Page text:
Sudan’s hostility toward Egypt, which lasted more than 20 years, has finally ended. During these years, Cairo and Khartoum were estranged and differences dominated their relations, with each capital being an axis against the other.
The visit of Abdel Fattah Al-Burhan, the head of Sudan’s ruling interim military council, to Cairo is an important political development toward positive arrangements that will restore the desired regional equation. Sudan under Omar Al-Bashir was aligned with Qatar, Iran and Libya’s militias, although it took part in the war in Yemen under arrangements that secured Khartoum and Bashir an additional regional role. As for Egypt, Bashir’s rule witnessed the worst relations between the two countries since independence. Bashir and the “Islamic nationalist” Muslim Brotherhood movement made Khartoum a rival to Damascus as the capital of extremist organizations, and Cairo was suspicious of Sudan’s role in the terrorist attacks that hit Egypt in multiple waves.
The removal of Bashir thanks to an overwhelming popular desire has changed the regional equation. Al-Burhan’s visit to Cairo reinforced the expectations of changing the removed president’s policy and it was preceded by many meaningful signs, including the refusal to receive the foreign minister of Qatar and receive the Bahraini foreign minister instead; and, more importantly, Al-Burhan's own statement that Sudan will not adopt hostile policies toward its neighbors.
The steps taken by Sudan’s ruling interim military council seem to indicate that it wants to get rid of Bashir’s political legacy and put an end to its intense animosity. These steps include international and national reconciliations, the most recent of which was the return of Yasir Arman, who was accused of serious charges when he decided to run for president.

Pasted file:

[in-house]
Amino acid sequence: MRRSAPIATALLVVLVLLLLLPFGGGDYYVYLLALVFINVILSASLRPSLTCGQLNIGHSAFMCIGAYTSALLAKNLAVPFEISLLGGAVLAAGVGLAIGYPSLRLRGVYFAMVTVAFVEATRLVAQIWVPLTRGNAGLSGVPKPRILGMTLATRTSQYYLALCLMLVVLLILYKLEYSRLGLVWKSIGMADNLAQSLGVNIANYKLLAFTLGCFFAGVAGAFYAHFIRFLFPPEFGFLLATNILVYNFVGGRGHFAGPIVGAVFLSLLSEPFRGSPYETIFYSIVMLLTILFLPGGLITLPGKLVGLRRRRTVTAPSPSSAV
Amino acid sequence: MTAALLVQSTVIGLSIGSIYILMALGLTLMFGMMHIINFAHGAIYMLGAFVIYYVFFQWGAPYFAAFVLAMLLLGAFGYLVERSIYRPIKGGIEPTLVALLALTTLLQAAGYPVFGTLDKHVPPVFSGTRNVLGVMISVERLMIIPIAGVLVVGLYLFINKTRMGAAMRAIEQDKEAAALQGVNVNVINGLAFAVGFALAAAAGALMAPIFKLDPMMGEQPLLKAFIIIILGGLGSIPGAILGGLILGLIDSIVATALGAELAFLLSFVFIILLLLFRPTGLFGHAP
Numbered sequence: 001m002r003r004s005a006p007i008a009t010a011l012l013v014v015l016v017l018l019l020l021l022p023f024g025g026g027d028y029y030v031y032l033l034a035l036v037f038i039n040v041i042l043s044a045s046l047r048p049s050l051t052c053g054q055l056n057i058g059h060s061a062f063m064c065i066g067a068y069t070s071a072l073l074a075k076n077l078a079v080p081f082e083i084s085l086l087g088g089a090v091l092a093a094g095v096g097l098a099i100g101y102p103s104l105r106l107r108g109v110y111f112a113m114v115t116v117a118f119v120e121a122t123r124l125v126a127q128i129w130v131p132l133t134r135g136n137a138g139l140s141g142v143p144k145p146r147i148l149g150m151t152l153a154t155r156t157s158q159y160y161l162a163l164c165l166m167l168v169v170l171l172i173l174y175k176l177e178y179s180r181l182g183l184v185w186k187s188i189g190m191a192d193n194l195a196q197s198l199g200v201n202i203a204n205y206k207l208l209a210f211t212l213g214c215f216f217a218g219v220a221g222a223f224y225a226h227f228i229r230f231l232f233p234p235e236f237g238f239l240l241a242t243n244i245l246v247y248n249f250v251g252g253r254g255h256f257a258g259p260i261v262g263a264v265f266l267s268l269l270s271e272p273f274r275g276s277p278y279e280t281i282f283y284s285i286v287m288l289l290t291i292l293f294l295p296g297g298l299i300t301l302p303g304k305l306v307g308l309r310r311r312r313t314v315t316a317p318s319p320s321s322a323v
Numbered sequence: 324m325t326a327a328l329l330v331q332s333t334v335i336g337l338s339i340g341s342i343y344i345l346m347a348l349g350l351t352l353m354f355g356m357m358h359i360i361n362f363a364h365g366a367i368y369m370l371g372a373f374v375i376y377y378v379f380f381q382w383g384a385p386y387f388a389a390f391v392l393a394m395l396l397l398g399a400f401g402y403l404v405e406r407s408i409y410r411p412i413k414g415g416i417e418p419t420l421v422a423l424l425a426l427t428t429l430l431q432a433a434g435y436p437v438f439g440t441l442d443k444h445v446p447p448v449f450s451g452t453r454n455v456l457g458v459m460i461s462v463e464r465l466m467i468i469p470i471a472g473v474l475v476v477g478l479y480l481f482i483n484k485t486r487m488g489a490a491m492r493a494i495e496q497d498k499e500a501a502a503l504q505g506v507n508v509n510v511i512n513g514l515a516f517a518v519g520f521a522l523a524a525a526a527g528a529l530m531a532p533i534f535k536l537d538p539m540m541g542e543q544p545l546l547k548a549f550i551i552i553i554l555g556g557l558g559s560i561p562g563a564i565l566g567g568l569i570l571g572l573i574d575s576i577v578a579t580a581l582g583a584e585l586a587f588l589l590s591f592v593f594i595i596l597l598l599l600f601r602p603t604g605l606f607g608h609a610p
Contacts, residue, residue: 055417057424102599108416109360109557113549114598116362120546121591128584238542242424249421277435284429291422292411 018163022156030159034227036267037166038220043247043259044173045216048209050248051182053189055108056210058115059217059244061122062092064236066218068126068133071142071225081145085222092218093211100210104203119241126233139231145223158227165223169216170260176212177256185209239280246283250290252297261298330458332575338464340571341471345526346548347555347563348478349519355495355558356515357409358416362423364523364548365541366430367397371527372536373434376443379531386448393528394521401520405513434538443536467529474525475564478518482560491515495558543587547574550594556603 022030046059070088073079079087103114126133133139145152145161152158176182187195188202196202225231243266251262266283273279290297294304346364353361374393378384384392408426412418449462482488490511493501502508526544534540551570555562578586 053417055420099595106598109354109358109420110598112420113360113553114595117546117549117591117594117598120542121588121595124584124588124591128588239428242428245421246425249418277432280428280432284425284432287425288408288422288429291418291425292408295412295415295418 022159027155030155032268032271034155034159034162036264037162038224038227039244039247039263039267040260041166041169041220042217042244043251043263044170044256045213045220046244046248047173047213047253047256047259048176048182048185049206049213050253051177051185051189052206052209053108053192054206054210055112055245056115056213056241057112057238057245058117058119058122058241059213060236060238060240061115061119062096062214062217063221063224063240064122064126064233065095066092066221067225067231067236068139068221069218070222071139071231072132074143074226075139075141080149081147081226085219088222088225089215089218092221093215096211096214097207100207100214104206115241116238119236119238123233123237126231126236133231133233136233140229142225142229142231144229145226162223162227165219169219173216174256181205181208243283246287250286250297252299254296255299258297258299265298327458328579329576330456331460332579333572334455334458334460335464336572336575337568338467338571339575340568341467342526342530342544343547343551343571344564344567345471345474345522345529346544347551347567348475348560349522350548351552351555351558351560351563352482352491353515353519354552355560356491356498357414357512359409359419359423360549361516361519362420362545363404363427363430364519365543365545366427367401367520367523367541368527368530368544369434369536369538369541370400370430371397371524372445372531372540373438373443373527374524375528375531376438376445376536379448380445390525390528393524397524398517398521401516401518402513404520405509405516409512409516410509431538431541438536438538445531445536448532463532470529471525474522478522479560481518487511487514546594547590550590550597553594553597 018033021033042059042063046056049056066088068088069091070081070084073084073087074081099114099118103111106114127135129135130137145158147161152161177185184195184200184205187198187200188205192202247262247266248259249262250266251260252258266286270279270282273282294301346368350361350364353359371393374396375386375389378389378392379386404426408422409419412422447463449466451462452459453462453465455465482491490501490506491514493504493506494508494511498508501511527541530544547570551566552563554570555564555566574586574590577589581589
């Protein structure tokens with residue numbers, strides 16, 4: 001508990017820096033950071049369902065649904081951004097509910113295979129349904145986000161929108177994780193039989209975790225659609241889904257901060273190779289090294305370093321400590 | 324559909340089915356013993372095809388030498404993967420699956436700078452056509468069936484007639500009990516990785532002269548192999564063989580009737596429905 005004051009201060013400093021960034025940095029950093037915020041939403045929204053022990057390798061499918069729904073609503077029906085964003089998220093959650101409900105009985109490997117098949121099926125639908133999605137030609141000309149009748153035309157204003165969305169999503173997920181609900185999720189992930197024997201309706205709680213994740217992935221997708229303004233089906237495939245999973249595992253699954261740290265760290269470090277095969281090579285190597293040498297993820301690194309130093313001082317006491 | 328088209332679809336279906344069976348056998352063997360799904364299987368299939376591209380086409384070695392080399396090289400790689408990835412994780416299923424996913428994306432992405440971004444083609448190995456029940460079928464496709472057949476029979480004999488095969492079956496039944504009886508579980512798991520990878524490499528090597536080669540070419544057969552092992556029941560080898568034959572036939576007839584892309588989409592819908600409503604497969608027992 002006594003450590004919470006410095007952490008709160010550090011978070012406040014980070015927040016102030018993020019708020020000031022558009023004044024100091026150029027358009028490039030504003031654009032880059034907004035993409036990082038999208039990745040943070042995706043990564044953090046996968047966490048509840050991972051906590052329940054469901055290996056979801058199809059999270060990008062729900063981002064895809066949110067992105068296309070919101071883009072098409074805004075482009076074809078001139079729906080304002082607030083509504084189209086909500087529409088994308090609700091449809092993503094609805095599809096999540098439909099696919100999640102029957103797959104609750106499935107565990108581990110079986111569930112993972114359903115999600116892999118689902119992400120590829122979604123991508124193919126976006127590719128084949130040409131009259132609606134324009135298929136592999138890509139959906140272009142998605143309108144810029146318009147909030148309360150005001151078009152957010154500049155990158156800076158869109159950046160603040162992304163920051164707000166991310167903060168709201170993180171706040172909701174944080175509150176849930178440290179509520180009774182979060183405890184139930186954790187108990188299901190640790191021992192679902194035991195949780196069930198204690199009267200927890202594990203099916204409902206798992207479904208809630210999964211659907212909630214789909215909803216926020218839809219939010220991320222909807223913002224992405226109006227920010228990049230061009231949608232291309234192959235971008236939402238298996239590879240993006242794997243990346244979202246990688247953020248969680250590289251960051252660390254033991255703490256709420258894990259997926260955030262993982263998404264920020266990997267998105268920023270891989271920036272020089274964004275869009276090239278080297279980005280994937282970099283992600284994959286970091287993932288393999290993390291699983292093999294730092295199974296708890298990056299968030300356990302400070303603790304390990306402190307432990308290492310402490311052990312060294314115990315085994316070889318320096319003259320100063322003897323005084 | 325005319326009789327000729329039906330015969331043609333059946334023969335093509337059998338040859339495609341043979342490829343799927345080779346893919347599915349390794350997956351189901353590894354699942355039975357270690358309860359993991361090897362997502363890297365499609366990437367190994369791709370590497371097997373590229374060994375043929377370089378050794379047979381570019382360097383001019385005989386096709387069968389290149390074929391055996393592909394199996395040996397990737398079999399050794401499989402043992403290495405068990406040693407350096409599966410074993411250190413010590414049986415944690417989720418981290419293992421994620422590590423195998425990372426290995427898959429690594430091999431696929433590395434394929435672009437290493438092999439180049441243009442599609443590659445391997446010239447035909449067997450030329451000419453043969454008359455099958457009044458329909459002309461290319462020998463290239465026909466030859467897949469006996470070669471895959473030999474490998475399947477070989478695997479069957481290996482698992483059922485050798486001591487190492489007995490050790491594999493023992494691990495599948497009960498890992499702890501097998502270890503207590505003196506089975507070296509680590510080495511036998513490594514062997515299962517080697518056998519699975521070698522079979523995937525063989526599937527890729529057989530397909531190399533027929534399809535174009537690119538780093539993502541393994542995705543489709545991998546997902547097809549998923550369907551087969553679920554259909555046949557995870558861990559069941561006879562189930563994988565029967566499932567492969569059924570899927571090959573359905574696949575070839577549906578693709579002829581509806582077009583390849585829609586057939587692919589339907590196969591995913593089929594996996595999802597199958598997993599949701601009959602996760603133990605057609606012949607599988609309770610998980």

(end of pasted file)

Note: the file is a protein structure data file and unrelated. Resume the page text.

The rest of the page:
The steps taken by the head of Sudan’s ruling interim military council seem to indicate that it wants to get rid of Bashir’s political legacy
The arrangements of Sudan’s internal affairs may take longer due to the difficult legacy of the previous regime, as well as the multiplicity of forces and different orientations. The external affairs seem to have been determined by the Sudanese leadership through several messages, most notably Al-Burhan’s visit to Cairo and his statements that have ended two decades of bad relations between the two neighbors, which were reflected in the poor relationships on the border, water, security and political files. In addition, the visit of Al-Burhan’s deputy, Gen. Mohamed Hamdan Dagalo, to Jeddah has stressed the new policy of Sudan and the continuation of its membership of the military alliance in Yemen.
Egypt, Saudi Arabia and Sudan are the mainstays of the Red Sea security system. Attempts were made to establish the system last year but the main obstacle to its implementation was the lack of confidence in the Bashir regime, which had already concluded a hostile agreement granting the island of Suakin to Turkey as a military base. A Turkish military presence in the waters of the Red Sea has no justification whatsoever, unless it is directed against Egypt and Saudi Arabia. With the removal of Bashir, it seems that Turkey will not be able to harness the island as a military base against the Red Sea states. Among the first steps announced early after the fall of Bashir’s regime was a review of the administration of ports that Bashir gave to hostile regional governments. These ports were believed to have been used for suspicious non-civilian purposes.
The interests of Sudan as a large country have come from the framework laid down by the former regime, which was based primarily on the policies of the extremist Muslim Brotherhood. Moreover, no one expects Sudan to engage in another cycle of chaos. The ultimate goal is for Sudan to devote itself to internal development and benefit from its relations with its neighbors, as the interim military council has done since the middle of last month, with the support of Saudi Arabia and the UAE, to stabilize the Sudanese pound and fuel prices. It is in the interests of Sudan for the Red Sea to be a region free of war and enmity, including Somalia and Yemen.
- Abdulrahman Al-Rashed is a veteran columnist. He is the former general manager of Al Arabiya news channel, and former editor in chief of Asharq Al-Awsat.Twitter: @aalrashed